In essence, the magician cannot be reduced to the role of an “exhibitor of tricks”. I'm often outraged at this idea, as it is so disrespectful for the art they are supposed to serve, to love, and to perform. It would be as if you limited the art of painting to only water colors because that's what you learned in kindergarten! A ridiculous and hurtful notion for the Van Gogh's, the Rembrandt's and other Picasso's. What about all the other techniques and, more importantly, what about wonder, the search for meaning, poetry, emotion, or inspiration? And then, for fear of repeating myself, who would like to befriend a fraud? I hope not you, and certainly not me. I am both a magician and your friend.
What I learned about magic from Brussels to Las Vegas via Paris, is something different. My most precious memory is linked to an experience with Eugene Burger. Before one of his shows, he took me aside and gave me the greatest gift of all: a personal, private performance, just for me. It was an unforgettable experience, close-up magic, a cherished moment that remains to this day a complete reference for me.
Imagine my astonishment, my joy, and my emotion. It was the coincidence effect that left its mark on me: I randomly select a card and in a nearby card box, I find its mate. Always. Not once, but 3 times in a row, with 3 different cards!
To understand magic, think back to some of the coincidences in your life. As you relive them, don't they sometimes feel magical? There is magic in coincidences and coincidences are magical. Friendship can start from a coincidence, so does love when you find your mate. Magic and philosophy are often 2 sides of a same coin.
Ancient coins are objects of manipulation and meditation to Alex
Coins are, by the way, my favorite objects in close up magic. I use old one-dollar or half-dollar coins. I always have some on me. They are even more impressive to use than cards, because the effects seem to be even more... impossible. I also use them as objects for meditation.
To experience something impossible is a gift you don't expect! This allows you to put into perspective what appears fixed, obvious, or meaningless, to take a step back from our fears or beliefs, and more importantly to tell ourselves there is always another way. That's why I chose magic. And that's where the future of magicians lies.
But my story doesn't end here. It continues from where I began. I still have to reveal 2 things to you. The first one, I promised, is the name of my magician friend.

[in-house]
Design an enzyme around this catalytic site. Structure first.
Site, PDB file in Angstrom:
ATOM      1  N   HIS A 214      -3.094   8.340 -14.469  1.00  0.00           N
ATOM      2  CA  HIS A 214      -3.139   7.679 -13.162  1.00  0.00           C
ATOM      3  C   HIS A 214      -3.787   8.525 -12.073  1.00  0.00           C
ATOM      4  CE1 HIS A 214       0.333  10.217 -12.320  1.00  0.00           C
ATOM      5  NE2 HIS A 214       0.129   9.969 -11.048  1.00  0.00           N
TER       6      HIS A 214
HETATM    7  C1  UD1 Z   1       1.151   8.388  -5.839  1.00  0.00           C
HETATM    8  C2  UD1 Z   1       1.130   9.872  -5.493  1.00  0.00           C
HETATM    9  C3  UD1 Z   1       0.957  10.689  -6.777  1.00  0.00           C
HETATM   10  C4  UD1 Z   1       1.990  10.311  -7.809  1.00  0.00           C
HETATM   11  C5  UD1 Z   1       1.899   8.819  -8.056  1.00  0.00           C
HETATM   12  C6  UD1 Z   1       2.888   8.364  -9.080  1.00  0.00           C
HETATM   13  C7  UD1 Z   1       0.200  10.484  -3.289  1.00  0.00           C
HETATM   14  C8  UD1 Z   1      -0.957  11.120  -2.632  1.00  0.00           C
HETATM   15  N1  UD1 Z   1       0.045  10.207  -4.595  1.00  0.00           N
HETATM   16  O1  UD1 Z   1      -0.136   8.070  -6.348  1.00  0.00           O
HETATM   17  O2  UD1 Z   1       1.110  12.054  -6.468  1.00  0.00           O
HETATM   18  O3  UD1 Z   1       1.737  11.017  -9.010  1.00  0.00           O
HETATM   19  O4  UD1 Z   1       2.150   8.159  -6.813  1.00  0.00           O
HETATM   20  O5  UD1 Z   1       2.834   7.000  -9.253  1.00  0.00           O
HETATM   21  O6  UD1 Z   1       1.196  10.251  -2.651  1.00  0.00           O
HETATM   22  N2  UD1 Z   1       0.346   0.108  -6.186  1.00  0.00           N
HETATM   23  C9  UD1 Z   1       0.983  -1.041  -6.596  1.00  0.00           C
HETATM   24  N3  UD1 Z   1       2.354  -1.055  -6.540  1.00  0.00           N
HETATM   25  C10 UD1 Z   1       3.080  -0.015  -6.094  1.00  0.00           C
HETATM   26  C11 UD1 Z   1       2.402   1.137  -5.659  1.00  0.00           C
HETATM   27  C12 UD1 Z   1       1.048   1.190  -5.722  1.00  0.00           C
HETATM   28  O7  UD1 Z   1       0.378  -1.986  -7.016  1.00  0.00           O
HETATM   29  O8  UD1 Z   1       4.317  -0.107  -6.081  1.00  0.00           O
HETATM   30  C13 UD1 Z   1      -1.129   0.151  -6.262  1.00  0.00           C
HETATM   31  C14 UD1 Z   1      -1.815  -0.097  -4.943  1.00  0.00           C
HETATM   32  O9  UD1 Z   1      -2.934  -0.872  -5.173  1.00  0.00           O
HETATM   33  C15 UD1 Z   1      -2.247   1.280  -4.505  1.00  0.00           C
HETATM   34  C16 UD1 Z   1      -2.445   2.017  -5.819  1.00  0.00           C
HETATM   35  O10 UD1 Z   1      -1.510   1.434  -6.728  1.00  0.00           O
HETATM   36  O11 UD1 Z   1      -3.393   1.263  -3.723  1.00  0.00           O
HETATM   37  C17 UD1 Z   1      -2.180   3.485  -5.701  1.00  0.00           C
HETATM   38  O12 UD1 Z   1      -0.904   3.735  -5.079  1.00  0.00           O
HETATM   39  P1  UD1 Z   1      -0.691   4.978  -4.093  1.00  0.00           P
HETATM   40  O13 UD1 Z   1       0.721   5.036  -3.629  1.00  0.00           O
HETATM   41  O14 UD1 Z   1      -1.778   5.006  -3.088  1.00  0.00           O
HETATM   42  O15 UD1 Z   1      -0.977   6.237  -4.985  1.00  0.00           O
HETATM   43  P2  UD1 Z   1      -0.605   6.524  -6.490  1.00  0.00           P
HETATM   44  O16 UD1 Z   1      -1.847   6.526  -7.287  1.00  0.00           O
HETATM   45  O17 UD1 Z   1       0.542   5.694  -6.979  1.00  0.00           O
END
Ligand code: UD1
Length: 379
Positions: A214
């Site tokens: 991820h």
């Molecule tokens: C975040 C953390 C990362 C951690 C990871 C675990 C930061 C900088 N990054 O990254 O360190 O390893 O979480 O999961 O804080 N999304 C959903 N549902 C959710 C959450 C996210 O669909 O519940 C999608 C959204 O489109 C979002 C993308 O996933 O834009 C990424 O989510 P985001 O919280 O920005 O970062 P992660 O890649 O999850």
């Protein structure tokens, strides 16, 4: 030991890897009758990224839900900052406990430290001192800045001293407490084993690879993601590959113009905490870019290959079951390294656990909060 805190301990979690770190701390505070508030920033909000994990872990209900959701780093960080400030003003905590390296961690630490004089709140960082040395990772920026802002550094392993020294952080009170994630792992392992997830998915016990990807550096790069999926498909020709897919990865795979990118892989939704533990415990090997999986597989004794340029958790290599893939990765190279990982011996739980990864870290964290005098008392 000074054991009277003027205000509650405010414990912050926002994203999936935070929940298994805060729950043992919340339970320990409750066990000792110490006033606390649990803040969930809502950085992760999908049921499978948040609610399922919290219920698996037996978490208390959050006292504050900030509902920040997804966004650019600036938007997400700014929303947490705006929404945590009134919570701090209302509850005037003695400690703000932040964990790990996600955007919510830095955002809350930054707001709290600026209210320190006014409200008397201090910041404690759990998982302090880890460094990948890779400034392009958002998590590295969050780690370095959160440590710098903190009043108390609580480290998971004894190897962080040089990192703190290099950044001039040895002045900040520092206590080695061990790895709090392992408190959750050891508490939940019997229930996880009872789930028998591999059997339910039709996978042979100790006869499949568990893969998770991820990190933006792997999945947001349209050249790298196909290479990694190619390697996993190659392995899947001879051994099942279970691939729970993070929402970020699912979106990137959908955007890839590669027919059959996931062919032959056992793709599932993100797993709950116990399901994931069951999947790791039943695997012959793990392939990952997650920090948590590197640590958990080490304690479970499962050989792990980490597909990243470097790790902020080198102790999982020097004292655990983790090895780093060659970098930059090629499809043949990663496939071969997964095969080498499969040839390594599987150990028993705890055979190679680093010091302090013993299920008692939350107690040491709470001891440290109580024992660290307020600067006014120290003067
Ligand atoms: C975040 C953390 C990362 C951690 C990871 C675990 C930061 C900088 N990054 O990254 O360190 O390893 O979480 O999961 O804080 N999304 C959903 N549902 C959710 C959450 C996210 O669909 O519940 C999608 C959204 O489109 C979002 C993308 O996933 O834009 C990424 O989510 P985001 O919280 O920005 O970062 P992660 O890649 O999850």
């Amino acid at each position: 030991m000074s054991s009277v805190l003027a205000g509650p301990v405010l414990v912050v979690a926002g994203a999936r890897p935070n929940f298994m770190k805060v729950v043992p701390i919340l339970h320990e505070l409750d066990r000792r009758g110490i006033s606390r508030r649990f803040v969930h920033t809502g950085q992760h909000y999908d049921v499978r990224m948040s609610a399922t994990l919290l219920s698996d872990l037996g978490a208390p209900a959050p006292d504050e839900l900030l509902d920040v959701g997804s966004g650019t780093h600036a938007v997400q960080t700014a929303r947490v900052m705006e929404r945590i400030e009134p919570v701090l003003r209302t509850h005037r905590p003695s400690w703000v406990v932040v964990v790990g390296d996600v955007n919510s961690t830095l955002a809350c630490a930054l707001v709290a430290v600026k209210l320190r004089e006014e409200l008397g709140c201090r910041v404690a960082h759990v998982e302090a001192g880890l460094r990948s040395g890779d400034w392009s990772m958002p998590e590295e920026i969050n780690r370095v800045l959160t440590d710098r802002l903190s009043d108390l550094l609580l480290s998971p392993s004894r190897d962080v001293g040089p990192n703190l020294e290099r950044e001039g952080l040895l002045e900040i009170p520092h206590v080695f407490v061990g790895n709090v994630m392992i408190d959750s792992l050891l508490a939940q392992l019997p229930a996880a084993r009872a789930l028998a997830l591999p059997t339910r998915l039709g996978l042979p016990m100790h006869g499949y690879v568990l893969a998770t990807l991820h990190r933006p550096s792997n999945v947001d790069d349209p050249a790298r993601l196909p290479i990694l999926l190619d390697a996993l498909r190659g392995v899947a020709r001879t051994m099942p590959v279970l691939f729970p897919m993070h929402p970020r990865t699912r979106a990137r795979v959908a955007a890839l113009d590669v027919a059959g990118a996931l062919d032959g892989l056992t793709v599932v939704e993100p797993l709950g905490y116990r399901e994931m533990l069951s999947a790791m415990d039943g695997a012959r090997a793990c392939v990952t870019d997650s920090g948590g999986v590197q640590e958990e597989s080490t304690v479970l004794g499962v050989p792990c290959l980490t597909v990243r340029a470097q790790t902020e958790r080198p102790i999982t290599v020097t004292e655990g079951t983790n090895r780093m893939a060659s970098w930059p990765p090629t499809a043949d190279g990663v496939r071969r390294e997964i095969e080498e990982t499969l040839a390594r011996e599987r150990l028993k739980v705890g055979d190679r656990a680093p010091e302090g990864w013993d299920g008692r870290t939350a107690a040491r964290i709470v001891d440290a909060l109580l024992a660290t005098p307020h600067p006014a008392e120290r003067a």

We are in 2006, in a restaurant located in the XII district of Paris. I am here with my colleagues in a dedicated space, the walls and sofas are red. The cuisine is French, and the atmosphere rather chic and classy. At that time, I worked in IT. During pre-dinner drinks, a magician comes over to us and does little more than performing a few uninteresting tricks. But he is not my friend. Of him, I luckily have no recollection. But, after the dinner, all my colleagues turn their eyes to Marc. He takes out a few cards and tells us a story along with mesmerizing effects. He made an long-lasting impact on me. I immediately told myself if he can do it, I can do it too. For my birthday, I gifted myself my first box with 12 decks of cards of professional quality. Then I trained with Marc. My passion for «close-up» (magic up close) was born. You already know what follows.
My friend is a magician, his name is Marc. I then met other people and made new friends, Patrick, Jeff, Eugene, Lawrence and a few others. Their common traits? There were all magicians, often philosophers, humanists, and all loved to tell stories. The secret to performing close-up magic is not magic: it's friendship. Among friends, we feel comfortable, we trust each other, and we can create the ideal circumstances for magic to happen, and to prepare for the impossible.
I still have one more thing to reveal. This story is my story. I recently told it to another person. His work looks like magic, but it's not. His work is about staging stories with his words. He is a storyteller. Our encounter was inevitable. He transformed hours of conversation with me and countless pages of text I'd written - I can sometimes be quite verbose - in less than 1500 words. And you've just read them! It was his turn to make me experience the impossible, and allow me to emotionally re-live some of the greatest moments of my life. Now that's magic!
Photos by Eva Barbara, Manu Thibault, and Sébastien Devienne